Yesterday was a day of existence, I’m sure most of you know what I’m talking about. A day of not living so much as staying in your pajamas (or a black cami and matching palazzo pants in my case,) watching TV, and idly watching facebook, waiting for one of your “friends” to post something mildly interesting. Or, on second thought, maybe not, for if they post an album of pictures they took at the Bonnaroo Music and Arts Festival or a status about the crazy thing another friend said while they were out on the town, it might remind you of the mundane nature of your own life, or should I say, existence.
Yes, yesterday was one of those days, and as much as I felt the obligation to do something about it, I just could not bring myself to get off the couch. I could not until my brother had the idea of taking my mother, himself, and me to see the movie The Art of Getting By.
Judging from the trailer, (the songs on the trailer are, in order, Peter, Bjorn, and John- Second Chance, Win Win- Victim, and French Kicks- Trial of the Century, by the way. They’re great songs, check them out,) I figured that I wouldn’t be astounded by the movie itself. The story is not an original one. Artistic, fatalist boy meets quirky girl who doesn’t play by the rules. They skip school together, he falls for her, are they just friends, or something more? Certainly haven’t heard that question before. Neither have we seen the plot twister of the girl, Sally, falling briefly for the boy, George’s, best friend, or in this case, mentor, Dustin, an older artist. And as all of this is going on, both Sally and George’s families are facing struggles and drifting apart, and George is on the bad side of the school he goes to. Once again, a burst of creative originality on the writer’s part. However will the story end? You guessed it: George and Sally end up together, George’s mother divorces the evil stepfather, and through a miraculous burst of focus, George completes a year’s worth of homework in three weeks and graduates. All in all, the happy ending all of us were expecting.
Despite my sarcasm, you all might be surprised to hear that I actual enjoyed this movie quite a bit. Yes, the storyline is not a new one, and it has the potential to be full of clichés, but the beauty of Getting By is its simplicity and realism, in all aspects of the film. It was shot in a simplistic style with little music to fill the background, which to be sure are redeeming qualities to a film nerd such as myself, but the realism really starts to tie in with the simplicity when it comes to the characters.
As a teen growing up in the city, the most apparent way in which I can relate to the characters in this film is how they smoke and drink. Not that they smoke and drink, but how. As I enter my sophomore year of high school (very much sober, I’ll add), hearing a story of a party unremembered is common, and I hardly react when my friend tries to bum a cigarette off a passerby. It’s not a tragic loss of innocence, it’s life. Especially in the city, I think, these vices are present in the lives of most teens as well as adults. Getting By portrays this very well. Never is there a moment of devil-like peers beckoning the angelic protagonist to take his first shot. Instead, Sally and George meet when he takes the rap for smoking on campus, even though they were both lighting up. This type of moment happens just frequently enough in Getting By to make it real, even if it isn’t always “pretty”.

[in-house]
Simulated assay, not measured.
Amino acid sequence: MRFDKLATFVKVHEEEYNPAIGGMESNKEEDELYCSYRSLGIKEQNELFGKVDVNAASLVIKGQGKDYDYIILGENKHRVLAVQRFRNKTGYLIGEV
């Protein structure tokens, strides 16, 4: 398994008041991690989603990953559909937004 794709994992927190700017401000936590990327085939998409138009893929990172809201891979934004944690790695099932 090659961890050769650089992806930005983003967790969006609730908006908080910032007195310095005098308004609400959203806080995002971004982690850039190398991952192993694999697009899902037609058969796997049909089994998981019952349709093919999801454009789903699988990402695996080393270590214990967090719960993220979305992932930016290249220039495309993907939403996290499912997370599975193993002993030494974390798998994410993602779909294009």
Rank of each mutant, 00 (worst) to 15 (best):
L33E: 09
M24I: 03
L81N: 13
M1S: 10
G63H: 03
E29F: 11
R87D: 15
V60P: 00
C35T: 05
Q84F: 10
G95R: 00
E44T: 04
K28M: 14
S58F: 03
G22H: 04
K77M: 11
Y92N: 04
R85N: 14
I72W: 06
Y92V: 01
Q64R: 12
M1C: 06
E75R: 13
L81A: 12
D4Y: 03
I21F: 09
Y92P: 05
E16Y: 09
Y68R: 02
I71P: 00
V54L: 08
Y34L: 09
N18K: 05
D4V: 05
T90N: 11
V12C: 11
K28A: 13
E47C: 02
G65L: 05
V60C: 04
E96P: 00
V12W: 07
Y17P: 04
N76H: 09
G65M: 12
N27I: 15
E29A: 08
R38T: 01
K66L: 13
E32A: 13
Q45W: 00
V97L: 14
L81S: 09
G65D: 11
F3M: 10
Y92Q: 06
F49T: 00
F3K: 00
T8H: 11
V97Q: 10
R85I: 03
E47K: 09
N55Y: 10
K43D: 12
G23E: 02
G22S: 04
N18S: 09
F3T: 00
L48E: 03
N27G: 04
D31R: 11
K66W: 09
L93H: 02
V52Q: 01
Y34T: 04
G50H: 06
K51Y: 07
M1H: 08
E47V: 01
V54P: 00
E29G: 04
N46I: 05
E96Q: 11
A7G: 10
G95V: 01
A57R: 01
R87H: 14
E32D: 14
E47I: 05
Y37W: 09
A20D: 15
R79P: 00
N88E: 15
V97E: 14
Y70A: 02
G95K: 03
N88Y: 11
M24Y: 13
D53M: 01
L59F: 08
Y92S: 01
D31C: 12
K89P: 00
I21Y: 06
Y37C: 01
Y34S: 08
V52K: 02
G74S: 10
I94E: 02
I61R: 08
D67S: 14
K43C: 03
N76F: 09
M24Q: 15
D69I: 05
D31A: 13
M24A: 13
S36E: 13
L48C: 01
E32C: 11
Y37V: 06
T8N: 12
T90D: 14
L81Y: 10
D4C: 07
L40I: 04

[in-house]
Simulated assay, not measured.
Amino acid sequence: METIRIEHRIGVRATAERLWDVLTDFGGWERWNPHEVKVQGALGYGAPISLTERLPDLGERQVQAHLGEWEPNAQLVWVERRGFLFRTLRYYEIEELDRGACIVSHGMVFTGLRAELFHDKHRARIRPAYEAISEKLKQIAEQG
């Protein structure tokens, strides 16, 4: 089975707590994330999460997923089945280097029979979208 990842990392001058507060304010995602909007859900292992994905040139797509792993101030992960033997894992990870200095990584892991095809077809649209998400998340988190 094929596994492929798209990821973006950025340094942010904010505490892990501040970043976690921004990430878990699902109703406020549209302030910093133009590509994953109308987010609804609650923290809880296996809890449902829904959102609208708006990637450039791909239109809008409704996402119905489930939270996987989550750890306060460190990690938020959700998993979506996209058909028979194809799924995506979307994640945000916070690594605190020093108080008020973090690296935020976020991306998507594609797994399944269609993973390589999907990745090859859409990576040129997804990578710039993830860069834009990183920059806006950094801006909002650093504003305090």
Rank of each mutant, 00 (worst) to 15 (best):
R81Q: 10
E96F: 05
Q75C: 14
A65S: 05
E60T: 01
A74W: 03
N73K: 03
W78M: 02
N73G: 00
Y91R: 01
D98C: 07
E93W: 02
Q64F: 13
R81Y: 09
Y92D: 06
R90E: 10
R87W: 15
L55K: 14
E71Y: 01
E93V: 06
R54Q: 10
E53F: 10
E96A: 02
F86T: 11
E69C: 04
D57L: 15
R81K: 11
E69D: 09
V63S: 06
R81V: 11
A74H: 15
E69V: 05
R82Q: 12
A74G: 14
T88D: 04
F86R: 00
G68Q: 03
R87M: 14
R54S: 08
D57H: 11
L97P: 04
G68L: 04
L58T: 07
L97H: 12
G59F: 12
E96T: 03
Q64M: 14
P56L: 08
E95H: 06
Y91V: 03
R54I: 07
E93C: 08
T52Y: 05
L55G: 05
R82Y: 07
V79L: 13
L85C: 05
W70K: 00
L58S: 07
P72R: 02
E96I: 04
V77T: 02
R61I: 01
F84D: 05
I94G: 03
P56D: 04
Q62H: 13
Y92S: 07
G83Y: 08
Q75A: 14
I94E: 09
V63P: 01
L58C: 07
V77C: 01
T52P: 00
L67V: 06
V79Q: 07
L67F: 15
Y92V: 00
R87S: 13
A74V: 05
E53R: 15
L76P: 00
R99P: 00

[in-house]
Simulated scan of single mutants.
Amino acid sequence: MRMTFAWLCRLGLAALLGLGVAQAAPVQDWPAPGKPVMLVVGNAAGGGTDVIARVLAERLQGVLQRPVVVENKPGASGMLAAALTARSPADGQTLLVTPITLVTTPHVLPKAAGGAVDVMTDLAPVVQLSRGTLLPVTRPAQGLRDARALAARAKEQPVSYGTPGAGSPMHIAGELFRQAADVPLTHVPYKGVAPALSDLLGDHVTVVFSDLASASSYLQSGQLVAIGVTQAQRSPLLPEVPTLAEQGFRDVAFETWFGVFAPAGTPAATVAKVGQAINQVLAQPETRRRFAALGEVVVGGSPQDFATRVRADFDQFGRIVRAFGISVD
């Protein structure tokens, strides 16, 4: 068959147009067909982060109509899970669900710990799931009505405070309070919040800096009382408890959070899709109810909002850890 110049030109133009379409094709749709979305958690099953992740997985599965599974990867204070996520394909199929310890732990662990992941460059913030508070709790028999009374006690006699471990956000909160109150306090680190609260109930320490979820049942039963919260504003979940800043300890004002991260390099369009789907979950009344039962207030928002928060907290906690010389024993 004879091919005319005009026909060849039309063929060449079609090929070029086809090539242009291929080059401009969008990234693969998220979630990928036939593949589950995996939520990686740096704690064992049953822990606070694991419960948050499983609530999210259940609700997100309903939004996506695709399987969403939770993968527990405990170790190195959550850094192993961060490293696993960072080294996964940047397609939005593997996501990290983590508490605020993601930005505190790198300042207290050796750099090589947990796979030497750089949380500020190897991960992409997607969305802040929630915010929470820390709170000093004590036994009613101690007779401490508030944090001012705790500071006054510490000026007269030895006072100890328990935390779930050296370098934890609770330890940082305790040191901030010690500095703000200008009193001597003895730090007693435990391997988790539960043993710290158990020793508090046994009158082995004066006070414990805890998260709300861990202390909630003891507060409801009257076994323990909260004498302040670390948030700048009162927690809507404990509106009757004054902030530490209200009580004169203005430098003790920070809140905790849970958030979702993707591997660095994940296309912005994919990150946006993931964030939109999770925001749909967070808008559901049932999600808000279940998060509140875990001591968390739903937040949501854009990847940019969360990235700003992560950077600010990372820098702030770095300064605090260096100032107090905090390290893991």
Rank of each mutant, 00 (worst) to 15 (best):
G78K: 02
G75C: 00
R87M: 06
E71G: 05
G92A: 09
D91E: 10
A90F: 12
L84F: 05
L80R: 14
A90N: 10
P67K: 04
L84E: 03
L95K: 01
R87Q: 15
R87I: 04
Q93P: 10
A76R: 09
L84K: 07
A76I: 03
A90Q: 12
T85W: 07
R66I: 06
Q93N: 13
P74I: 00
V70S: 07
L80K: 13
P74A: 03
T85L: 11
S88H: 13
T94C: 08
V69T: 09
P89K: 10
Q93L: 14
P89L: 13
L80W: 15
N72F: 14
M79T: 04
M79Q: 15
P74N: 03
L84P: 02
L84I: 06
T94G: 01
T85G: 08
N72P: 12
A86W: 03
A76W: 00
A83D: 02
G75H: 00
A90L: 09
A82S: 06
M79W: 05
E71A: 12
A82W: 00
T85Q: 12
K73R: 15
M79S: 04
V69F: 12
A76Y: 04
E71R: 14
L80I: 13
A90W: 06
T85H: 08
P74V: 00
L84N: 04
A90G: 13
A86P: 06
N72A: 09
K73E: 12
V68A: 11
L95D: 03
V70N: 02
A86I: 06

At the beginning of the film, George is approached by his trigonometry teacher, her hand outstretched, expecting his homework to be placed in it. In all honesty, he tells her that although he tried doing it, he was experiencing a time where he found everything meaningless, including the assignment, unfortunately. She interprets this response, possibly aided by the giggles of his peers, as a form of disrespect, and she reprimands him and tells him he must go to the principal’s office and finish his work by the end of the period. It’s moments like this that display how beautifully Getting By approaches teen angst.
Teen angst is Hollywood’s favorite seasoning, it’s secret ingredient for making the perfect teen film. Remember John Bender, from the Breakfast Club? Or, more recently, fantasy’s favorite couple, Edward and Bella? Tortured teens pop up in lots of movies, but how many of them are relatable? While Bender garners admiration and attention for his sheer bad-assery, how many of us have one at our school? His angst is dramatic, angry, and rebellious, the type of angst few teens have the courage to act on, if nothing else. After disregarding the fact that they are vampires (a quality that NO teen possesses, however much they want to), Edward, with his brooding, somewhat narcissistic self-deprecation and Bella, who is insecure as well as angty, despite the fact that she is being fought over by two beautiful men and being protected by a family of human ideals, garner the response of GET OVER YOURSELF. Very few teenagers are angsty enough to just flat out not talk to people.
So what makes Getting By special? I think it’s the understated doubt and the worries that remain in the back of the mind, shared with few, that so many teenagers can really relate to that are the central point of the film. It’s the two individuals that find a kindred spirit in the other because they feel out of place at their school, and feel comfortable enough to confide in one another because they feel understood. That’s real angst, and it has nothing to do with sneaking out of Saturday detention.
In conclusion (FINALLY, I’m sure some of you are thinking), go see this movie, especially if you know and/or love a teen. It’s not going to win an Oscar, it will probably be washed away into the seas of forgotten films, but only because it’s not so much a story as a portrait of teenage life today, a snapshot of life in the city for us. That’s my opinion, anyway.